Gosh, having artists for friends can sometimes be somewhat perplexing and not a little bemusing. They go to the strangest of places, as can be attested by my last day in Riga, which was crowned by a few artsy openings, a photography exhibition by Andrejs Grants, complete with wine, members of the press and pretentious art groupies, and the other ones which were…Well, it’s easier to describe them with a link. There were three exhibitions opening, and they at least looked like something very contemporary, modern in a very retro way and utterly, mind numbingly soulless. There was also a piece of performance art being performed twice, but, judging from the description read later, we were lucky to have just missed it those both times. Oh, to say a few words about the Andrejs Grants photography exhibition. It was old school B&W photography, tons of portraits with no artistic distinction, and a few actually interesting landscape/situational works that none the less lacked punch and originality, at least to my untrained & burned out consumer whore eyes.
Alex & I also managed to squeeze in a visit to the Riga History & Shipping Museum, and it was a fine, fine museum, but we, being interested in things maritime, would have wished for it to be more “Shipping” and less “Riga History”. As it were it was mostly town history with a small hall of ship models and paraphernalia thrown in to justify the mention in museum’s title. Interesting thing, by the way, there was a sudden swimming pool craze in eastern block cargo shipbuilding after the 70s. Every model of a cargo ship above a certain size suddenly sported a swimming pool in the most incongruous of locations. We found that sort of interesting, at any rate, but I suppose it does pale somewhat in telling. Not something to talk about at parties, one would think.
I also managed to fit in a sort of a “Riga Nightlife Experience”, despite my advanced age and general decrepitude, not to mention general malaise and fever acquired in lieu of a souvenir in Germany. I just left the Cinema Museum where Alex had his China expedition presentation, and, as it was only around ten pm and Alex had a wife and child in tow and had to go home, decided to take a stroll around the old town and find myself a cozy, moderately priced bar. I walked past café Leningrad, a place right next to the Naughty Squirrel Hostel I was staying at, but deemed it too close to the hostel to count and decided to find something more “exotic”. I walked around the old town for a while, but didn’t find anything that would have suited my mood at the time, just some posh soulless places, some titty bars equally soulless and probably even more expensive, and some outright dumps with a funeral parlor atmosphere despite rock-bottom prices. Dispirited and cold I walked back to the hostel, but as I neared the Naughty Squirrel I once again passed Café Leningrad, but this time there was a live band playing right in the middle of a small crowd (they didn’t have a stage), and it sounded absolutely right. Just right for my mood and the mood of the evening, the feel of the bar and the cut of the crowd, the time of the year and the weather outside. Plus the singer had a great voice, the band’s live performance was splendid nor did it hurt that she was easy on the eyes, even though quite obviously a player for the other team, her butch girlfriend supplying background vocals and guitar. The band’s name was simply Liz Clark, some chick from Denver, Colorado, that now lives in Ireland with her girlfriend during the summer and tours Europe with her band, and the ever-vigilant girlfriend, during the winter. I liked the band so much I even bought their CD, complete with an autograph that will no doubt make it worth a dozen or more euros on an on-line auction in a decade or two.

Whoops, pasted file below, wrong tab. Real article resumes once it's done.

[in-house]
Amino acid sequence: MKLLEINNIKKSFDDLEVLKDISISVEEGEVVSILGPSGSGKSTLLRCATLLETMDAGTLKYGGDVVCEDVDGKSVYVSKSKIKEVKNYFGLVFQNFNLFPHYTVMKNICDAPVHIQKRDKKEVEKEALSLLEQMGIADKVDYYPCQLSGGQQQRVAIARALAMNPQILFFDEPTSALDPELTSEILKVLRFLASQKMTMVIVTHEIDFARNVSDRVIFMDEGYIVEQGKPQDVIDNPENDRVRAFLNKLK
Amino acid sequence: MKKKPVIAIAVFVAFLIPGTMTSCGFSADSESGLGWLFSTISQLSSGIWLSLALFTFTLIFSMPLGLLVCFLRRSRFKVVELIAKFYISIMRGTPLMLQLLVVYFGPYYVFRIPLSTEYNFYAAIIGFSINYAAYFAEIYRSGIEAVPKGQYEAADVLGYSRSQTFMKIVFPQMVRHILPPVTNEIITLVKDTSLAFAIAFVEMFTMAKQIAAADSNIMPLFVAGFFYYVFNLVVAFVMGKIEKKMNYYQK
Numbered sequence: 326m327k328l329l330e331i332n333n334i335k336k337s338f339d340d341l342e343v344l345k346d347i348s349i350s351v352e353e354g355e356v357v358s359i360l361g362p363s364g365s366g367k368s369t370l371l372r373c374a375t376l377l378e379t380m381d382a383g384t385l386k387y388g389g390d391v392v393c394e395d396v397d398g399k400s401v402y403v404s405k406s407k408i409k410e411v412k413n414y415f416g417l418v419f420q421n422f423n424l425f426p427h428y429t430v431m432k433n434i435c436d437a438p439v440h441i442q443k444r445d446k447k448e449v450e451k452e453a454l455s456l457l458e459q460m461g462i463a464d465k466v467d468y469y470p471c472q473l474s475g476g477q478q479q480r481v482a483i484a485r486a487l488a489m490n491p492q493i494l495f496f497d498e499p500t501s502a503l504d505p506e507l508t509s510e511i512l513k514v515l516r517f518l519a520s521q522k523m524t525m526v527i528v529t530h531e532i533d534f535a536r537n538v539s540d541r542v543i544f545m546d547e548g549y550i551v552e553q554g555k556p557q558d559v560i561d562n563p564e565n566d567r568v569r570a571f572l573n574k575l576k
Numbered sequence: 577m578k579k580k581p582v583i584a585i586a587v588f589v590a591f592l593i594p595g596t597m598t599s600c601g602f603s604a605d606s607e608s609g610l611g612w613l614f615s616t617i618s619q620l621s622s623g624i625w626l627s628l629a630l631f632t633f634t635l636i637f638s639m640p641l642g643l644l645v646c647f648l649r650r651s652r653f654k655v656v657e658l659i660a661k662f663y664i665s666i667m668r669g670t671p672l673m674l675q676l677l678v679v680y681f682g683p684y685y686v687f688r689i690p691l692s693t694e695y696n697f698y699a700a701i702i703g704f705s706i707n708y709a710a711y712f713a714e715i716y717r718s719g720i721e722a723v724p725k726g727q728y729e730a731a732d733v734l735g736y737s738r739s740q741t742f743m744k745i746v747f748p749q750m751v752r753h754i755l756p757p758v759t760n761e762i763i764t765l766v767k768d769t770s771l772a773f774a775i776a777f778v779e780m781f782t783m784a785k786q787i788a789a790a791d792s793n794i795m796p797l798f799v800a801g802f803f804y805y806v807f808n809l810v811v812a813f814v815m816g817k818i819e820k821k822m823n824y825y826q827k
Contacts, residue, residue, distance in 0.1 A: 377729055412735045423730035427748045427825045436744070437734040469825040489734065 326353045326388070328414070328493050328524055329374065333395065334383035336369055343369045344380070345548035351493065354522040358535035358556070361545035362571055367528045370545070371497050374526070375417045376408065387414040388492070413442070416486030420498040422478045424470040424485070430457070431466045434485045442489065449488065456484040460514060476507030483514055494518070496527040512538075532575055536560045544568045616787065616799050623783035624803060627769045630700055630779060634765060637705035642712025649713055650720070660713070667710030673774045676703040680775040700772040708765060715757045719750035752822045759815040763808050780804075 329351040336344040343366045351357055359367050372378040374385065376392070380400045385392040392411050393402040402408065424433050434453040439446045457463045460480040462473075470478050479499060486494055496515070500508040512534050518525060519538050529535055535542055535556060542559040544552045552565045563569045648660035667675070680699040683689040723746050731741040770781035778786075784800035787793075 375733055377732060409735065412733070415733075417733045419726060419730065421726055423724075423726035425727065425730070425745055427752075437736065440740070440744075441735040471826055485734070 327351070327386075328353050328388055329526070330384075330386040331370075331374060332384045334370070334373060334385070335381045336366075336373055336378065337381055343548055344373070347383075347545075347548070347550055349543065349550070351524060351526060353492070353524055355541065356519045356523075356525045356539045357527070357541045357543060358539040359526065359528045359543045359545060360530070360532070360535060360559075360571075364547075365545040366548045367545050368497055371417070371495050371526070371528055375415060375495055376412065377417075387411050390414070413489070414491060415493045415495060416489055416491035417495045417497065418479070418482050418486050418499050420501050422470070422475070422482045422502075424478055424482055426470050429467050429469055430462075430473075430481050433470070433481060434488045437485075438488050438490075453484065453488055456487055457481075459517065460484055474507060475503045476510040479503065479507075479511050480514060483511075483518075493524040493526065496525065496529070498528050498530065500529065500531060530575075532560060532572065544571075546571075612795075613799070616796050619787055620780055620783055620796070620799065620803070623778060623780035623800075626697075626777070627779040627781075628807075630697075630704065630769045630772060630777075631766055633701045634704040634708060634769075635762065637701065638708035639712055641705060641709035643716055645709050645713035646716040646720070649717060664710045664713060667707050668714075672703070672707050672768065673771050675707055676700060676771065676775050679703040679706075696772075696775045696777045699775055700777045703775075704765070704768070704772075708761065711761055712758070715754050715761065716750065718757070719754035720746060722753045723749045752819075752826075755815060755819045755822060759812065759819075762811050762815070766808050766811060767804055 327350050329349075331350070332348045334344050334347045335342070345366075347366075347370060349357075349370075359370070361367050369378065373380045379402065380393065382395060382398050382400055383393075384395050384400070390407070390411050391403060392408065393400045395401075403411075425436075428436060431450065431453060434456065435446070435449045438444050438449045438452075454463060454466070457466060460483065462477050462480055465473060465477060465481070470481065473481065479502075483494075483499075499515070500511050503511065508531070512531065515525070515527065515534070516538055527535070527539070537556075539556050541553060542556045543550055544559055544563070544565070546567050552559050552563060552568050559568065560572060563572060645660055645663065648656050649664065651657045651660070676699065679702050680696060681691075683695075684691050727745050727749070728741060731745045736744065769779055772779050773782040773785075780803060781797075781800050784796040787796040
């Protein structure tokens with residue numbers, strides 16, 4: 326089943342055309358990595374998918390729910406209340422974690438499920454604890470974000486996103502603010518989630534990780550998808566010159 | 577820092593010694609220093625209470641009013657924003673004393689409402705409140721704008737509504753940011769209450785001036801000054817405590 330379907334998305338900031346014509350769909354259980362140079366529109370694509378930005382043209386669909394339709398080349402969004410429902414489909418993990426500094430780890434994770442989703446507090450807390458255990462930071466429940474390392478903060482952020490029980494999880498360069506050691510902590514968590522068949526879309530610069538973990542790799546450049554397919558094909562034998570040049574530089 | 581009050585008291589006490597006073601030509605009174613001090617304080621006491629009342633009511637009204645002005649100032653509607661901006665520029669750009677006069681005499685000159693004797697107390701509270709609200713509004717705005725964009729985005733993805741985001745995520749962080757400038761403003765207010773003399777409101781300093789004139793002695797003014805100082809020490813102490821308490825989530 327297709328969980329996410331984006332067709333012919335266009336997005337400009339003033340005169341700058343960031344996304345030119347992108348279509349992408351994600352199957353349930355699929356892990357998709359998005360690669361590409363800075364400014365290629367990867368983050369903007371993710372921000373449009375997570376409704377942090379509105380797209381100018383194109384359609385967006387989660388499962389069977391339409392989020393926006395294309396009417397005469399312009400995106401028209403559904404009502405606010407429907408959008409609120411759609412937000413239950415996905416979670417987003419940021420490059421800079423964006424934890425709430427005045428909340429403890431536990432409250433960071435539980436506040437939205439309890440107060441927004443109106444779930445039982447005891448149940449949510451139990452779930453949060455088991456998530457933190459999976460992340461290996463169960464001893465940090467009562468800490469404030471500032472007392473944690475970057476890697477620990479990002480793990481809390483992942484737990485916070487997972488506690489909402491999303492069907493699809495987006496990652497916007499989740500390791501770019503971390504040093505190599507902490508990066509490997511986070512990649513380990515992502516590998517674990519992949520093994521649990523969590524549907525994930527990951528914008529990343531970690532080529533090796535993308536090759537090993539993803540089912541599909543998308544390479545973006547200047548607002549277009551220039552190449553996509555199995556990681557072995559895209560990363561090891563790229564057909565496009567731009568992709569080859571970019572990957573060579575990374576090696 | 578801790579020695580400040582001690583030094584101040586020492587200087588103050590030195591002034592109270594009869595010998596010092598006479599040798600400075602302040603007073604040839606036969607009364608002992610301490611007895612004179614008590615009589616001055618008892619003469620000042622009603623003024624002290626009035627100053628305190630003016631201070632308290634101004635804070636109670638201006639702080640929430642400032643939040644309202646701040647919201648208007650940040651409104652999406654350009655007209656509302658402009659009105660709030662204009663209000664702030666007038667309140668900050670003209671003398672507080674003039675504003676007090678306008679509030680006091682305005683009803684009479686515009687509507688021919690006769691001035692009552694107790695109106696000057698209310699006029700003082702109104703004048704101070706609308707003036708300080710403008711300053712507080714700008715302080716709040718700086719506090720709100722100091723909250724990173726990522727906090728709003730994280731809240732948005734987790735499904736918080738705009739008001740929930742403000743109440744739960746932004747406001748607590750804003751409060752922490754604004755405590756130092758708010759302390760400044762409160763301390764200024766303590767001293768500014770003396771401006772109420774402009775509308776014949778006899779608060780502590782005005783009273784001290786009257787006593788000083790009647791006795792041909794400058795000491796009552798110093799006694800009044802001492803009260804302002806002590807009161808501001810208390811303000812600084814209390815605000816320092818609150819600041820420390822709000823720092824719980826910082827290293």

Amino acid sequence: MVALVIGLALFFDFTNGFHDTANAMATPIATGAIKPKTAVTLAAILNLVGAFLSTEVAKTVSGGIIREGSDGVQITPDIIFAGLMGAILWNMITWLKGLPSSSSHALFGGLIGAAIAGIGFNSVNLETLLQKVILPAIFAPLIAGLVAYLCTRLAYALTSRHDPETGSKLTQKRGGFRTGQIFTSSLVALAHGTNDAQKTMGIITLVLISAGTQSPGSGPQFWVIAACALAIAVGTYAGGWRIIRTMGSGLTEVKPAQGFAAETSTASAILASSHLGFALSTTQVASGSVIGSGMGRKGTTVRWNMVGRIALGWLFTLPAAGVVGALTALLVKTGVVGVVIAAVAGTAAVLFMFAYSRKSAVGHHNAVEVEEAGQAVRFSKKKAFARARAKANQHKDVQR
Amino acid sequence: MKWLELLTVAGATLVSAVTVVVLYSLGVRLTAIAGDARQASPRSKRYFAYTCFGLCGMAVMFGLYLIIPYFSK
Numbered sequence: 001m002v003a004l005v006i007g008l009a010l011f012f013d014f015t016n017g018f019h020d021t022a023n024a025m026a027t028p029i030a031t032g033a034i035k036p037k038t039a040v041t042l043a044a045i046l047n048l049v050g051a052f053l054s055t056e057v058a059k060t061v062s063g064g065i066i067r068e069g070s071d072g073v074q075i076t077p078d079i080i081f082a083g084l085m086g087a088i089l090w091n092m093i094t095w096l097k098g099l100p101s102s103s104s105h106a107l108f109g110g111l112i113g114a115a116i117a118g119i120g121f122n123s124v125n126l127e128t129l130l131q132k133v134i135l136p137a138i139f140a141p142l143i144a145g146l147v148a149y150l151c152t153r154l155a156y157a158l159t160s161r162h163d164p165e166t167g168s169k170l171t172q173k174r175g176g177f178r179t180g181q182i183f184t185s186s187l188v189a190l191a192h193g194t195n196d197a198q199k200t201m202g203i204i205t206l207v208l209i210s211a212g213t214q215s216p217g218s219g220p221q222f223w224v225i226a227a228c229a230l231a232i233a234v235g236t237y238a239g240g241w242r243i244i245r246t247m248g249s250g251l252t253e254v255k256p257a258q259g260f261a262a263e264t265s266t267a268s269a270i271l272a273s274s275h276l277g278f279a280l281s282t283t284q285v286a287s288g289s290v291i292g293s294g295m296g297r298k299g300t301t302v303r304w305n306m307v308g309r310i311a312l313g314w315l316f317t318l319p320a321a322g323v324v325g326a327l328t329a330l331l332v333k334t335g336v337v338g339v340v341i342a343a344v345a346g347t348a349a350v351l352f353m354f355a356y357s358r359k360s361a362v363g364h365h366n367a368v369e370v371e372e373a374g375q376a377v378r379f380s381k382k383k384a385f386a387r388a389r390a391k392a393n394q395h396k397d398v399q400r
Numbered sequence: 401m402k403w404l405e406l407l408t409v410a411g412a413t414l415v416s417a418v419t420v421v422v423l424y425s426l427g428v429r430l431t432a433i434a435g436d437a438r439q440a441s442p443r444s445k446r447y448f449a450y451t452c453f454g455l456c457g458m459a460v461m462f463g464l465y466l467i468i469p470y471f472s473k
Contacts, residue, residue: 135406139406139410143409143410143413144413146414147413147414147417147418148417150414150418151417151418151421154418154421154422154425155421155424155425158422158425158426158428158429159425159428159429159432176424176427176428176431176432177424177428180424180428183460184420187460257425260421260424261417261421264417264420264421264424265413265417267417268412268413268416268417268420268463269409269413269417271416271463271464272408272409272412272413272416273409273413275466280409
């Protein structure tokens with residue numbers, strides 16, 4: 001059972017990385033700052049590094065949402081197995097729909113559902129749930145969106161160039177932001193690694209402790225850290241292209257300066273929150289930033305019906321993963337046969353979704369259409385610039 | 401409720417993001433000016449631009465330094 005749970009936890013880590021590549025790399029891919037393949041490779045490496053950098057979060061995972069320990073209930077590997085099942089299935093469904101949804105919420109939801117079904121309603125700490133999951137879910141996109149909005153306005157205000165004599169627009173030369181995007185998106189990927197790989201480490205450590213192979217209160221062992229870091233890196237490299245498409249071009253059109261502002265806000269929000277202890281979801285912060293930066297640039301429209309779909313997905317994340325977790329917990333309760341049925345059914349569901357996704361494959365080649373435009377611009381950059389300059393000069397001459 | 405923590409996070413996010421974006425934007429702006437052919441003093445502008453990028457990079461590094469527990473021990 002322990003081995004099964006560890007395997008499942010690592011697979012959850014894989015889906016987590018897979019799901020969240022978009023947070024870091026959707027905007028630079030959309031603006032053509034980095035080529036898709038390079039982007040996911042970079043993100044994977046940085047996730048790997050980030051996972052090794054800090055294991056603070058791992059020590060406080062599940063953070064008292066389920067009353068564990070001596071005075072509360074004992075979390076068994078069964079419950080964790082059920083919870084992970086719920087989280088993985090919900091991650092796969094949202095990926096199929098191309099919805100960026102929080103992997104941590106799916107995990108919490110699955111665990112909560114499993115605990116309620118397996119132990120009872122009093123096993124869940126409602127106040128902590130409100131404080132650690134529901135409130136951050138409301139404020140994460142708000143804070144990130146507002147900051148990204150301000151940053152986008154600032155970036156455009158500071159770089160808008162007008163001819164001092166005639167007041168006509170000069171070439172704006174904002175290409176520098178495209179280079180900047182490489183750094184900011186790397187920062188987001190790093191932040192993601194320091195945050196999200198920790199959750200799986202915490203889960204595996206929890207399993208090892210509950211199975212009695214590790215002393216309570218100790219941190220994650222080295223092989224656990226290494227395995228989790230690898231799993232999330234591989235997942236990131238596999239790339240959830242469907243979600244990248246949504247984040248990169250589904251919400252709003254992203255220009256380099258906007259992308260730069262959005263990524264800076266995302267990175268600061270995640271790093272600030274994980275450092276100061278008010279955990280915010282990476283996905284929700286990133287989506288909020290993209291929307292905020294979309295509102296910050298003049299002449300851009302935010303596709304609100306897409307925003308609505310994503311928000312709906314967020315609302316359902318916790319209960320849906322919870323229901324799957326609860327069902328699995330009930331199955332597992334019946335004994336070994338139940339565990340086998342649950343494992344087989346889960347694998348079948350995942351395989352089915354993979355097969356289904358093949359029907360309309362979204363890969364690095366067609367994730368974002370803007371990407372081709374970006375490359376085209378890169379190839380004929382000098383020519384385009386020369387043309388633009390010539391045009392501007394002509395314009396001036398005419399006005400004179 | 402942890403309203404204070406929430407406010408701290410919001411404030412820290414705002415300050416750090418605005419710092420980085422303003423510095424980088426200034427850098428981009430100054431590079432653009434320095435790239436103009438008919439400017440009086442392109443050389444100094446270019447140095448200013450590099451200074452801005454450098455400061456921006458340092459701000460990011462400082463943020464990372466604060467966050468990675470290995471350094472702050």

But that was that. The whole extent of my Riga experience. This morning I woke up at 6:20am, collected my dirty clothes from the various shadowy corners of the room, and stalked off towards the bus station, through chilly morning mist and crowds of bleary eyed drunks on their noisy, sometimes belligerent way to various hostels. Needless to say I didn’t get much sleep at the hostel. It seemed at times that the whole place was one huge, thumping sub-woofer populated by obscenely drunk Anglo-Saxons who walked into closed doors, wrestled nosily just behind the wall and enlivened the bathrooms with their technicolor yawns. I did get some sleep on the way to Tallinn on a deluxe bus, a magic bus with a first-class lounge with wifi and tables at the back. I did take advantage of the wifi for a while, but mainly just took advantage of the table as a surface to rest my head against and as a convenient place for my drool to collect in large, pretty puddles. Now I am sitting at the fore bar on board the Tallink Star ferry, as it clangs, screeches and shudders at over 25 knots through the broken ice sheets of The Gulf of Finland towards Helsinki, once again enjoying that staple of Baltic experience, free wifi, and drinking overpriced Finnish beer. Oh, and do pardon me for the somewhat worse-than-usual quality of the photos, and their relative sparsity. I now take most of the pictures with my smudgy phone camera, and after that there’s still the pain of getting them onto the aged netbook, which in turn adds an extra layer of difficulty with its ponderous editing & posting speeds. But yes, tis time to go home.